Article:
I often questioned my goals when I was actively a principal of a Hebrew day school. When my students graduated from my school, what expectations would make me satisfied enough to say that I have done an admirable job and feel proud of my students.
If one were to ask this question to different principals they might respond by saying that they feel accomplished when their students do well on the Board of Jewish education entrance examination (BJE’s) or are accepted to the highest track in the High school that they apply to. Often they feel proud when their students are awarded scholarships or are singled out for excellence in the academic fields.
While these accomplishments are important, in my mind they are not the main objective and achievement that one should strive for in the field of Jewish education.
I have fond memories of my trips to Israel with my eighth grade classes for over twenty-five years. It was a two-week study tour, in which the students prepared for an entire year, taking a yearlong survey course in Jewish history and a review, in relative detail, of the places that they will be visiting in Israel and their history. The trip was an intensive two weeks in which my students traveled the length and breadth of Israel, starting daily at six in the early morning and returning to their base Hotel at ten in the evening. The tour brought into focus the history of our people and brought alive a subject that was relatively vague for the students.
In the last day of one of these trips we visited the Holocaust museum of Yad Vashem and we took a guided tour of this remarkable place.
My goal was not to just be escorted around by anyone, but rather to be led by someone who was passionate about the subject and of being a Jew.
Rabbi Hanoch Teller was that person. A man who has written many books and an expert in the field, he confidentially weaved in and out of the crowds at the museum and took my students on a journey they long remembered. After two and a half hours he looked up at me and remarked:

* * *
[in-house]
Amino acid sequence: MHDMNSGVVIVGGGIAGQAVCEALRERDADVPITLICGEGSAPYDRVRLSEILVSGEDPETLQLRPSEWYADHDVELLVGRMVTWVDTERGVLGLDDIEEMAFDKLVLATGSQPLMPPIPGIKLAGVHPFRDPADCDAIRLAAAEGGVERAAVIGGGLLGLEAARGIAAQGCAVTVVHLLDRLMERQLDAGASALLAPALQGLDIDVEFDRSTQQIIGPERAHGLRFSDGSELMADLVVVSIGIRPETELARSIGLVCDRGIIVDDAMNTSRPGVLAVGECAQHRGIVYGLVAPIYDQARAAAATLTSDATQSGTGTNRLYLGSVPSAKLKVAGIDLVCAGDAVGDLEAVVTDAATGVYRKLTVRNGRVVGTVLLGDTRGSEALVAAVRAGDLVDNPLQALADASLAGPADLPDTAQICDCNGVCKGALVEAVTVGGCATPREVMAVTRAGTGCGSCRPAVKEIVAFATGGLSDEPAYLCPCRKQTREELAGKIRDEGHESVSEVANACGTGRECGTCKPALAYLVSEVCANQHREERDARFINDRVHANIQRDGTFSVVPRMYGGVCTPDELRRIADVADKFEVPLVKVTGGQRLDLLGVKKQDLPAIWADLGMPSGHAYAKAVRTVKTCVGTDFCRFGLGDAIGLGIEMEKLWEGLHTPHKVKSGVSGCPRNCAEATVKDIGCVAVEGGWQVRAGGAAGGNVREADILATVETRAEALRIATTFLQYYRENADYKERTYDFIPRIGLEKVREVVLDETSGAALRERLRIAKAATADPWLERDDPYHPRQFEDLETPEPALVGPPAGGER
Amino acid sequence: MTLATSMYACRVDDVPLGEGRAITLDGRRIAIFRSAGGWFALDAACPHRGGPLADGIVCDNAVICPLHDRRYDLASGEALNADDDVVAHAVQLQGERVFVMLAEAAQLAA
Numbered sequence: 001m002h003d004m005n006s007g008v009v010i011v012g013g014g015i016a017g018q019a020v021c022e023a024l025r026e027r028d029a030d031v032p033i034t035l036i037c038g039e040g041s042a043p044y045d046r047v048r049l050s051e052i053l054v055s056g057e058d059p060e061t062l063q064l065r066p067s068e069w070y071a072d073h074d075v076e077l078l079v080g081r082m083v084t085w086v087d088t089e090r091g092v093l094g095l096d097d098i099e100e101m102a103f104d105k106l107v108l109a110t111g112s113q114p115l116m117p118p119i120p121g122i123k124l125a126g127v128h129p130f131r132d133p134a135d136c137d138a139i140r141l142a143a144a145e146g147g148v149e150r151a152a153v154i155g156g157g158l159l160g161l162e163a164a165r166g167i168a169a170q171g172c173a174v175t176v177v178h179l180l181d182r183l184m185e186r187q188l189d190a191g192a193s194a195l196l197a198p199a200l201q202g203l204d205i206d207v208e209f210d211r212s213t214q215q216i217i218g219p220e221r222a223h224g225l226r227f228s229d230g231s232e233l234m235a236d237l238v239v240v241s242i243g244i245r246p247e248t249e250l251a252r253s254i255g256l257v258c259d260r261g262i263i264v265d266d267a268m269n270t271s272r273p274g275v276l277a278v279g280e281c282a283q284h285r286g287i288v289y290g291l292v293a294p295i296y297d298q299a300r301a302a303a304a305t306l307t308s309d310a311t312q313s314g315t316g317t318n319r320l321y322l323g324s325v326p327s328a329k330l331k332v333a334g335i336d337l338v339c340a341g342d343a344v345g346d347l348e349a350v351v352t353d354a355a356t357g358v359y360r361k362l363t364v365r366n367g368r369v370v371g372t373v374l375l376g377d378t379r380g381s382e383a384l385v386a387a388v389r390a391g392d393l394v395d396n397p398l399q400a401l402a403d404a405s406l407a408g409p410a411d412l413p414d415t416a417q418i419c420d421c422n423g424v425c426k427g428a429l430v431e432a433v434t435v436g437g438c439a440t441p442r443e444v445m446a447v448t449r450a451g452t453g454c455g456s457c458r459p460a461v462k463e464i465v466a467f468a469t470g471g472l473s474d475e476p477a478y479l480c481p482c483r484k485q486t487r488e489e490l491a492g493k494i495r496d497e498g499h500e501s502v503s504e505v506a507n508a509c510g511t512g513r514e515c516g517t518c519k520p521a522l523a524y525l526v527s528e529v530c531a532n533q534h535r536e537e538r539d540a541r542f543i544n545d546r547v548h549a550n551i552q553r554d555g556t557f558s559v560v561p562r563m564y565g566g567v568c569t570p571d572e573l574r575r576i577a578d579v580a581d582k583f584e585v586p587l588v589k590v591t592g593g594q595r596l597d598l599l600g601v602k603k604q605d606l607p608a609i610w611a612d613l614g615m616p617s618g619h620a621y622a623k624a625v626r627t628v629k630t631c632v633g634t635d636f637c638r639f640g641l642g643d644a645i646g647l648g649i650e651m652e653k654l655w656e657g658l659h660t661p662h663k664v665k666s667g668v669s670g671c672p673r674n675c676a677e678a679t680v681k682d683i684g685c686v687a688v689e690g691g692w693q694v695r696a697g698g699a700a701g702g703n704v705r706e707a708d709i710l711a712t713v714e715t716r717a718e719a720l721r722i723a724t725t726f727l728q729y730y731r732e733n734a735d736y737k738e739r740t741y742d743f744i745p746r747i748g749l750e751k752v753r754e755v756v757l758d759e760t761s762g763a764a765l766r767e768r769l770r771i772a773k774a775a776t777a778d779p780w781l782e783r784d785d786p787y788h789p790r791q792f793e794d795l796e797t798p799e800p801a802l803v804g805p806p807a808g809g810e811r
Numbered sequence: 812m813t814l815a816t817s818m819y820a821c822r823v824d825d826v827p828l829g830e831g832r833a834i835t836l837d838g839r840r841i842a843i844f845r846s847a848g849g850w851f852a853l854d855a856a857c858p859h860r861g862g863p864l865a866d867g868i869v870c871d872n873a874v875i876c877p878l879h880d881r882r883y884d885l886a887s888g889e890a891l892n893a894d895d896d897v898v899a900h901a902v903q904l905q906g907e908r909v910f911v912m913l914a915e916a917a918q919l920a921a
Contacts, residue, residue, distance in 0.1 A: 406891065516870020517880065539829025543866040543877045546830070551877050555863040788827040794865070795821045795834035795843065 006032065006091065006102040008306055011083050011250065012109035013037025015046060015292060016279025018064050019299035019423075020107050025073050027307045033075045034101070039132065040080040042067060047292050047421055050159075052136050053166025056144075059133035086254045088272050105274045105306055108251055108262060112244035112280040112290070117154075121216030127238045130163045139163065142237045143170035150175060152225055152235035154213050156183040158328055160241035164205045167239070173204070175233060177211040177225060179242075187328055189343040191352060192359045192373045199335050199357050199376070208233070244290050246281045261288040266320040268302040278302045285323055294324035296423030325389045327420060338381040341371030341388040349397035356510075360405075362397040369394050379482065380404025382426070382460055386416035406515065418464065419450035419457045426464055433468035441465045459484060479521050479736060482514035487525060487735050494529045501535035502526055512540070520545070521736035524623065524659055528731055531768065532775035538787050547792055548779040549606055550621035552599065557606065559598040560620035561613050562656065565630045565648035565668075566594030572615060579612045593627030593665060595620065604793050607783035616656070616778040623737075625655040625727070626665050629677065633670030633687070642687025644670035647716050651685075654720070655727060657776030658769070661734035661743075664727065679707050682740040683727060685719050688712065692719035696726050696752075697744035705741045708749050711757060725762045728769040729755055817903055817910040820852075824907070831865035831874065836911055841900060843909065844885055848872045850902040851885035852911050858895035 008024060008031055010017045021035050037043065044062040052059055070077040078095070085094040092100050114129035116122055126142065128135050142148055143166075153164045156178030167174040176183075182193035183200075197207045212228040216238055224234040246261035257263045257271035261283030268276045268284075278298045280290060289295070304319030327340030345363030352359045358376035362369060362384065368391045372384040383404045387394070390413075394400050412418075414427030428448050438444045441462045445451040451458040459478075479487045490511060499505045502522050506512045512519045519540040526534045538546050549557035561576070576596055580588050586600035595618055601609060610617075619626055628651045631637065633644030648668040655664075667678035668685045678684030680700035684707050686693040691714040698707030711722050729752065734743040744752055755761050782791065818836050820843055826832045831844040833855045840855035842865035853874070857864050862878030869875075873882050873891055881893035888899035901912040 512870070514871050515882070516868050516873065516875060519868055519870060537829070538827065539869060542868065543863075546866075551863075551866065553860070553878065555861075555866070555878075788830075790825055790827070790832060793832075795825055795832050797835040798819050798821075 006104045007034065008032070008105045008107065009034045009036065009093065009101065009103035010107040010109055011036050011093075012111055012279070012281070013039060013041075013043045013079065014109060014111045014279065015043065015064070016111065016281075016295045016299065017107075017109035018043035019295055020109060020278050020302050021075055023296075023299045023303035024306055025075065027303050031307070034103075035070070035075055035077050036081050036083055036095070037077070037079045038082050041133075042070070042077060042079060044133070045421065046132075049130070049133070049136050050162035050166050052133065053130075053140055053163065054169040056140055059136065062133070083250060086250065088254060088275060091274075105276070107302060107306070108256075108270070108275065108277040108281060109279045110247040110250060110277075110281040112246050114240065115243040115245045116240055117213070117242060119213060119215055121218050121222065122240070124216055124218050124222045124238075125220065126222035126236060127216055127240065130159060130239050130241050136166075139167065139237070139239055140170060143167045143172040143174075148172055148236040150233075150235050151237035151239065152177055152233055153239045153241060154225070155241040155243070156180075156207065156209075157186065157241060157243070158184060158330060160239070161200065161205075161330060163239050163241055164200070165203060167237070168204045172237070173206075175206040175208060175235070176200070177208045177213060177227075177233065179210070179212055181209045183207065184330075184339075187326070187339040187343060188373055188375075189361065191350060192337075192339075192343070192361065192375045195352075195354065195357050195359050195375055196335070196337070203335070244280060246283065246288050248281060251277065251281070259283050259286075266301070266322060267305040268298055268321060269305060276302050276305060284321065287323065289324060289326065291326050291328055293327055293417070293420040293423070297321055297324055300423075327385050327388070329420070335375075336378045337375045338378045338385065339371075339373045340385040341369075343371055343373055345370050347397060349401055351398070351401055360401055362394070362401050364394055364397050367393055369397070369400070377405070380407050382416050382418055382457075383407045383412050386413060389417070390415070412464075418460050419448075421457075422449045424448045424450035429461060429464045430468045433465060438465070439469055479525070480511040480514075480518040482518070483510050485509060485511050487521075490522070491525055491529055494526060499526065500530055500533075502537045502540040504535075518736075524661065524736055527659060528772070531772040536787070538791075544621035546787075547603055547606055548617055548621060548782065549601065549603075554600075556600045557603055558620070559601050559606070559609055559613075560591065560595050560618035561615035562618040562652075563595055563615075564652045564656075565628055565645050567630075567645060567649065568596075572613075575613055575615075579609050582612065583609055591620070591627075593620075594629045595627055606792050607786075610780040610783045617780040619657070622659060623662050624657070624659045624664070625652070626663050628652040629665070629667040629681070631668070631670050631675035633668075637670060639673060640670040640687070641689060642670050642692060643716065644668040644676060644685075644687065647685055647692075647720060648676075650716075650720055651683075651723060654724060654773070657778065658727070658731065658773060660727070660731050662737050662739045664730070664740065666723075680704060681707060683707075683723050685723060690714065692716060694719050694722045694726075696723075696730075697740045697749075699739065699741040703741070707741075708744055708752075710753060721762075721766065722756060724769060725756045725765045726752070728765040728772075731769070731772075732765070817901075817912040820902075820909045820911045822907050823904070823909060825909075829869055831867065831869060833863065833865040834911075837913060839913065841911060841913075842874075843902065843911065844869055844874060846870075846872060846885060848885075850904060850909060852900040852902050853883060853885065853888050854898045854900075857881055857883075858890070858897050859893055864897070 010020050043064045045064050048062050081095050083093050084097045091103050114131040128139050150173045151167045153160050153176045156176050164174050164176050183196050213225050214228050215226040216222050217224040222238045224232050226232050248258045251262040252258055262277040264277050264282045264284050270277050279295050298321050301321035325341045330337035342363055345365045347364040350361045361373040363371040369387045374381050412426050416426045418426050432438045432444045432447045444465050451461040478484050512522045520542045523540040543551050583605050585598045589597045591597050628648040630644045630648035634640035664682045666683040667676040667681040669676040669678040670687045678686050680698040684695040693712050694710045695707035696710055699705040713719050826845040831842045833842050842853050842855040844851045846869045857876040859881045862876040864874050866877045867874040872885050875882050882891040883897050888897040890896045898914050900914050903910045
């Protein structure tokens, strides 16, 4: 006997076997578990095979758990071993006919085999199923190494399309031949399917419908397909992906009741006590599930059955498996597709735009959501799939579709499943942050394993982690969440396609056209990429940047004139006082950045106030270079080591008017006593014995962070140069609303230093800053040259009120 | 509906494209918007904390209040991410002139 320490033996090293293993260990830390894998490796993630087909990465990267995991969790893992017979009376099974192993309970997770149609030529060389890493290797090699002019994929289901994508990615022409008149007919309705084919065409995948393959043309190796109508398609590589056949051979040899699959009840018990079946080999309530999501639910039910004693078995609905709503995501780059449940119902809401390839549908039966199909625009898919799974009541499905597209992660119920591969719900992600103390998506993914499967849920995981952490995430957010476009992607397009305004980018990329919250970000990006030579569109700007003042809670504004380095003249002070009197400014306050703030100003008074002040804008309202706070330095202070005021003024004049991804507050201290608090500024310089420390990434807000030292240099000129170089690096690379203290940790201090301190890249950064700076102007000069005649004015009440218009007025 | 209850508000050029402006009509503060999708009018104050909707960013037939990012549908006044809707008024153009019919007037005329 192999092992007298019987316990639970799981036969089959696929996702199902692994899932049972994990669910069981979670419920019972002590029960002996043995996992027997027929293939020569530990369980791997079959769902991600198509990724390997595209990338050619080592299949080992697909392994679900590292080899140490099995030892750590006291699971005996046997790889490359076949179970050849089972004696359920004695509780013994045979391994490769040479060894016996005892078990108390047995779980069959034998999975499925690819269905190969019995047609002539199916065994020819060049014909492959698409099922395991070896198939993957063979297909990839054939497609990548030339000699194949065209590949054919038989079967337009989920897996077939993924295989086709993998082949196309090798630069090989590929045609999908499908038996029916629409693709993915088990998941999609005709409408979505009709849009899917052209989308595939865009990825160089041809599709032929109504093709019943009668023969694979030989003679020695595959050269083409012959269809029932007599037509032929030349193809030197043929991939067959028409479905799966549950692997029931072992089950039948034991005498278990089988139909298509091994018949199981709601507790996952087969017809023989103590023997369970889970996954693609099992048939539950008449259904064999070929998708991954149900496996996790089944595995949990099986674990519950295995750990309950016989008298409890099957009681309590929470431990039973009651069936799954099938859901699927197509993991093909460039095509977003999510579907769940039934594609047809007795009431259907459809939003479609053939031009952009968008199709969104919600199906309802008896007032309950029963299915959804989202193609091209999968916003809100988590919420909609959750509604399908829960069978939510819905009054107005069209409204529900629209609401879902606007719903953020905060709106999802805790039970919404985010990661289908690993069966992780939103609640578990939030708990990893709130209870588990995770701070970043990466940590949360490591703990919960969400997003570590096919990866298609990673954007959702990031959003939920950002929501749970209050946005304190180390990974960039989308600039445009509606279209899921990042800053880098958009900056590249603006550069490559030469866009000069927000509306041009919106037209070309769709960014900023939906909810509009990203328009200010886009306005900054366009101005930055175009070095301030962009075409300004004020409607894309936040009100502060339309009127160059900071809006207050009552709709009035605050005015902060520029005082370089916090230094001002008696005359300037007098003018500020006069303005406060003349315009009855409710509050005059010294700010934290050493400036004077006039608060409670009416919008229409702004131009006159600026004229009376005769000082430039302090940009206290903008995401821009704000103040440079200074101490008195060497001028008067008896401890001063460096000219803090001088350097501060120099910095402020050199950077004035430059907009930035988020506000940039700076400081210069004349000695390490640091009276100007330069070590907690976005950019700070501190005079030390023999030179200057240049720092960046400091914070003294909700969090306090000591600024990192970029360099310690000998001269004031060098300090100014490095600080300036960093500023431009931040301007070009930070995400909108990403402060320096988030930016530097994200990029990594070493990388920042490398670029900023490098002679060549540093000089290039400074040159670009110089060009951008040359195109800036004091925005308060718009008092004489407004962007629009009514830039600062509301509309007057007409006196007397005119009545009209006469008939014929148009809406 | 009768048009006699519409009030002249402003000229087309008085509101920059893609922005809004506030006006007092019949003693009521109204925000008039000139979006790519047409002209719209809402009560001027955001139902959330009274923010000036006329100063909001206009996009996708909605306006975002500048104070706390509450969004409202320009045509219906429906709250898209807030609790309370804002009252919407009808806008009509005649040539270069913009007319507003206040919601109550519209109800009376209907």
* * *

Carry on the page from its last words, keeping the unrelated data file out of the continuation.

“Rabbi Weiss. I lead four to five groups daily around this museum. I guide high school students as well as university students – older adults and parents – and I must tell you that your children are outstanding! Most kids after this length of time cannot concentrate any longer, but your students are remarkable in their interest and focus.”
And I remember asking myself, how are we so successful in developing such sensitive students?
The answer came to me as an epiphany.
“It is because we touched their neshama, their soul.”
As we proceeded from the museum we continued to the cemetery on Mount Herzl. There my students sat around in a circle as the guide told them stories of the heroes of our people. The children were noticeably moved to tears. They shared with our guide Yoni the challenges and the sufferings of our people.
Once again we touched their neshama.
When we were about to leave Jerusalem on our way to the airport we stopped at the Kotel to say our good-byes and to pray one last time before we returned to the states. The emotion was palpable. The children were all moved to tears.
I also was swept up in the sentiment of the time and I too began to say Tehillim, praying to Almighty G-d. As I was completing my davening one of my students came near me and I overheard him praying.
He was addressing the Kotel as he wept:
“Kotel, I promise that I will come back to you next year. And if I don’t I will see you certainly after I graduate high school.”
Seven years later, this boy returned to Israel and is now serving in the Israel army.
If one would ask me what my goals were when a child graduated our school, I would say forthrightly, if I can succeed to touch each child’s neshama and leave within them the spark of our Torah and our people, then that would be my greatest accomplishment.
And indeed, I touched their neshama.